Maverick Citizen


Provincial liquor boards need to be strengthened to effectively address alcohol harm

Provincial liquor boards need to be strengthened to effectively address alcohol harm
19 Coffins to be used for the funerals of some of the young people who died at the Enyobeni Tavern in East London on 26 June were present at the mass funeral held at Scenery Park Sport Stadium. Two of the children had already been buried. The 19 were later buried in private ceremonies. (Photo: Felix Dlangamandla / Daily Maverick)

Stories about alcohol-related death have filled our news media with disturbing frequency lately.

Too many of us now know the names of taverns associated with death: East London’s Enyobeni Tavern, where 21 young people, almost all below the legal drinking age, died, possibly due to methanol poisoning; Nomzamo Tavern in Orlando East, Soweto, where gunmen shot 23 people and killed 15; Katlehong’s Mputlane Inn Tavern, the site of a double homicide; and Savannah Park in Mariannhill, KwaZulu-Natal, where seven people were killed at a tuckshop selling alcohol.

These stories, of course, are set against the backdrop of many other alcohol-related fatalities taking place in every community across the country. According to the South African Police Service (SAPS), 2019/2020 crime statistics, the number of confirmed incidents at liquor outlets alone included: 6,298 cases of assault and 11,128 cases of assault with intent to do grievous bodily harm, 348 cases of rape and 853 murders. Over just the three-month period of January to March this year, liquor outlets were the site of 1,944 cases of assault with intent to do grievous bodily harm, 59 cases of rape, 156 murders and 198 attempted murders.

Alcohol-related harm is far more pervasive, though, and includes road injuries and fatalities, violence in homes and communities – including gender-based violence (GBV) and alcohol-related disease and illness.

During Covid lockdowns, we learned that alcohol-related injury and death could be dramatically reduced. The media was filled with stories about how decreased access to alcohol was associated with empty casualty wards, dramatically reduced injuries and mortalities, and decreased rates of interpersonal violence, including domestic and sexual violence. According to an unpublished modelling study by Charles Parry and colleagues, during the first period of lockdown, two-thirds of an estimated 35,000 weekly admissions to hospital trauma units around the country disappeared, including 9,000 of which would have been alcohol-related admissions. Yet here we are, just a short while later, inundated once again with stories about alcohol-related fatalities and funerals. It does not have to be this way.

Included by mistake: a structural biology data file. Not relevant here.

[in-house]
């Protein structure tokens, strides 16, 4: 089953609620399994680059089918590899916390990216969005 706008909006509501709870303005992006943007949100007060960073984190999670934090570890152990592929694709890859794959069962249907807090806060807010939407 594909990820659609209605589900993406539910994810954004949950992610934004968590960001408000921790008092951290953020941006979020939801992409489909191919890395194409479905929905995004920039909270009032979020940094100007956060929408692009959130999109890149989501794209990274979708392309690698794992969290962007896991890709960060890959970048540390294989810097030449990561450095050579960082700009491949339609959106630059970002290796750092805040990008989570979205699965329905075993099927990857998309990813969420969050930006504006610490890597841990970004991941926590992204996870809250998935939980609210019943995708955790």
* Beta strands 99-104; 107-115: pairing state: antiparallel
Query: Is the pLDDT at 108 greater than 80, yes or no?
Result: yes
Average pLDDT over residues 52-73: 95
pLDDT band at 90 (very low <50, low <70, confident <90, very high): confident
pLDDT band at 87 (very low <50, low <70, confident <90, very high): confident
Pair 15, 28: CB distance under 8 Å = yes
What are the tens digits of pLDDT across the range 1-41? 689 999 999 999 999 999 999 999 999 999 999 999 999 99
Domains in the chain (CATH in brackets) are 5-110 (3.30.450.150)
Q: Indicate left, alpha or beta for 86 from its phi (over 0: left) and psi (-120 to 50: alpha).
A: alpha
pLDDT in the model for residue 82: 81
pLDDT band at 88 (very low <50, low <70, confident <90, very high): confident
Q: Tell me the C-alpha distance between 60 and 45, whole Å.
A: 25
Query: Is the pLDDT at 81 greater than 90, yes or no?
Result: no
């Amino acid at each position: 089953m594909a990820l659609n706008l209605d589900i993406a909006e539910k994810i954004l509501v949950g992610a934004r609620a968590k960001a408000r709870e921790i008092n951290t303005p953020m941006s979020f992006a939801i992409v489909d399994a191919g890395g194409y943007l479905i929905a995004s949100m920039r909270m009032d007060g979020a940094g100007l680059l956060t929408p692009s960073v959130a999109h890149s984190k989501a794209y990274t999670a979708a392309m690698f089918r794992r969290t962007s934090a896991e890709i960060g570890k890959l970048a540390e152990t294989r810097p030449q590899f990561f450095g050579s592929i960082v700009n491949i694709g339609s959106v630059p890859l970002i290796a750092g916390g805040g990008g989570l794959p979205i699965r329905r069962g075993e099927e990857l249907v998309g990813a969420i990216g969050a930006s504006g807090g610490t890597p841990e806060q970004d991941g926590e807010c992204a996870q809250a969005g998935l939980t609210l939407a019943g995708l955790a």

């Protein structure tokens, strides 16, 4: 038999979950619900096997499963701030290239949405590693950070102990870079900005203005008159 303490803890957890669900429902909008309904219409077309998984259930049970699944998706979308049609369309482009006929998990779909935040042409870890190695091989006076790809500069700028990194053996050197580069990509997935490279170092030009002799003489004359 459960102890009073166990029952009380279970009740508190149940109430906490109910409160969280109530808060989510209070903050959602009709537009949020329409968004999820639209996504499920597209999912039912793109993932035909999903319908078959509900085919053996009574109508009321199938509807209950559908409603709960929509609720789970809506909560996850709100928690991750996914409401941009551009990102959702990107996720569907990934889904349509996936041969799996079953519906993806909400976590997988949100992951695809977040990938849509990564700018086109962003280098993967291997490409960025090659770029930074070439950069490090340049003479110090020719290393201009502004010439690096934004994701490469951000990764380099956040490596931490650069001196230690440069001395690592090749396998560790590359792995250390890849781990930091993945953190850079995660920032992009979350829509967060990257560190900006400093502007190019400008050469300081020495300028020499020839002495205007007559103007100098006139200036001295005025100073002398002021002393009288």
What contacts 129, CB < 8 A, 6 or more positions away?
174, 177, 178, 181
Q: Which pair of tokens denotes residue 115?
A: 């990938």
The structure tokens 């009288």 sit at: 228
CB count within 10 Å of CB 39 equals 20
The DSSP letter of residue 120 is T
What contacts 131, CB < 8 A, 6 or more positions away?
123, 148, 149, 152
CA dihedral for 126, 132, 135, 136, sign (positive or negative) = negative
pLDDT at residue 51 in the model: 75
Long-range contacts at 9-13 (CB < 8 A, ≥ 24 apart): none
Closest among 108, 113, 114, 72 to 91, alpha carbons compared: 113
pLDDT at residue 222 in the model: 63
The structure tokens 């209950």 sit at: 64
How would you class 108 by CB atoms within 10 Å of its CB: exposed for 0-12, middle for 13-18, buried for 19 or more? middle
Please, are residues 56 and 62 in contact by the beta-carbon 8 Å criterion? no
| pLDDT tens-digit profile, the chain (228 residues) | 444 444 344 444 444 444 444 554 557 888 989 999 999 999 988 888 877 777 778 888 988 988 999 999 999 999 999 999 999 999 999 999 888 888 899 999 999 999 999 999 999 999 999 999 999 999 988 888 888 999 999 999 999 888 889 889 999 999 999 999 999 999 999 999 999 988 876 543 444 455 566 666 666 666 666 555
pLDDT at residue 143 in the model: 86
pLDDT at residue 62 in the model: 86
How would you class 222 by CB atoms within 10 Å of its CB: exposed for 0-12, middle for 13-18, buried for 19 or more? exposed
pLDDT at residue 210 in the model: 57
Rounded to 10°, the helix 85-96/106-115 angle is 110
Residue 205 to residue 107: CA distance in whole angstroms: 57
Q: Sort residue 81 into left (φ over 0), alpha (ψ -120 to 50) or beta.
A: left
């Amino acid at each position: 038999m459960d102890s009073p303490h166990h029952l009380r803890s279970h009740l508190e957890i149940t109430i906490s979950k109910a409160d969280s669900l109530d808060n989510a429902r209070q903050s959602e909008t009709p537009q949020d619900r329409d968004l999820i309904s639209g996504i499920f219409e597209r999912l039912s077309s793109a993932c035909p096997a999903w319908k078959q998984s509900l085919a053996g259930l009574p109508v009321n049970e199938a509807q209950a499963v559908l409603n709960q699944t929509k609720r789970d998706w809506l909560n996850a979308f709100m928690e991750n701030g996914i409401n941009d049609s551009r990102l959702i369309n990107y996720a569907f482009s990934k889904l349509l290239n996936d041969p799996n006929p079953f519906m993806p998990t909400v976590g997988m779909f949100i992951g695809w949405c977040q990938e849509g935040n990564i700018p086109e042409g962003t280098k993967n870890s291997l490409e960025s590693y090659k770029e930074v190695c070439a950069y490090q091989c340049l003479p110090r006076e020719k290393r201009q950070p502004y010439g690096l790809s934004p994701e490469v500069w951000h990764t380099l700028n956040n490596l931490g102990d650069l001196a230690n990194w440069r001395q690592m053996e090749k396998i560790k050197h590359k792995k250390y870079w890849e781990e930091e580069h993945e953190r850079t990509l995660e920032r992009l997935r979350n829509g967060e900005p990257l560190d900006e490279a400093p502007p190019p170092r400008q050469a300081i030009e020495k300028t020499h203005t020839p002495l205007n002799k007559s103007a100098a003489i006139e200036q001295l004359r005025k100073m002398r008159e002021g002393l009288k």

We write this in our capacity as staff and consultants working on an alcohol-related GBV prevention project with Agisanang Domestic Abuse Prevention and Training (ADAPT) based in Alexandra.

Reams of research over many years show that alcohol abuse is strongly associated with increased perpetration of GBV. A similarly large body of evidence shows us what needs to be done to reduce excessive alcohol consumption. The measures are relatively straightforward and not that difficult to implement. There are two broad strategies.

The first, most widely promoted and much less effective, is promoting behaviour change and healthy drinking amongst current and potential drinkers. The second, contested by the alcohol industry but much more effective, is using a range of common-sense strategies to make alcohol less available, such as: enforcing licencing requirements, reducing operating hours, restricting alcohol outlet density, decreasing the number of outlets in residential areas, increasing the price of alcoholic beverages, enforcing restrictions prohibiting underage drinking, reducing allowable blood alcohol content when driving, and limiting or banning the advertising of alcohol.

Experts working to limit the harms caused by alcohol have shared many useful proposals to increase South Africa’s use of these and other evidence-based policies, including this succinct summary by the Medical Research Council and the Southern Africa Alcohol Policy Alliance in South Africa (SAAPA SA), the leading voices for evidence-based regulations. 

Our research on the extent to which South Africa’s existing regulations governing the sale and consumption of alcohol shows that the regulations laid out in the 2003 Liquor Act are regularly and routinely flouted. For starters, our liquor licensing system is fundamentally broken and the bodies set up to monitor compliance do not have anywhere near the capacity needed to meet their mandates.  Joint research conducted by Sonke Gender Justice (Sonke) and Wits University in Diepsloot in 2014 revealed almost twice as many unlicenced outlets as licenced: 63 licenced and 138 unlicenced. Research conducted in 2019, which ADAPT is tracking closely in Alexandra and Tembisa, reveals a similar lack of adherence to licensing requirements. In Alexandra, there were 57 licenced outlets and 244 unlicenced shebeens. In Tembisa there were 81 licenced and 353 unlicenced outlets.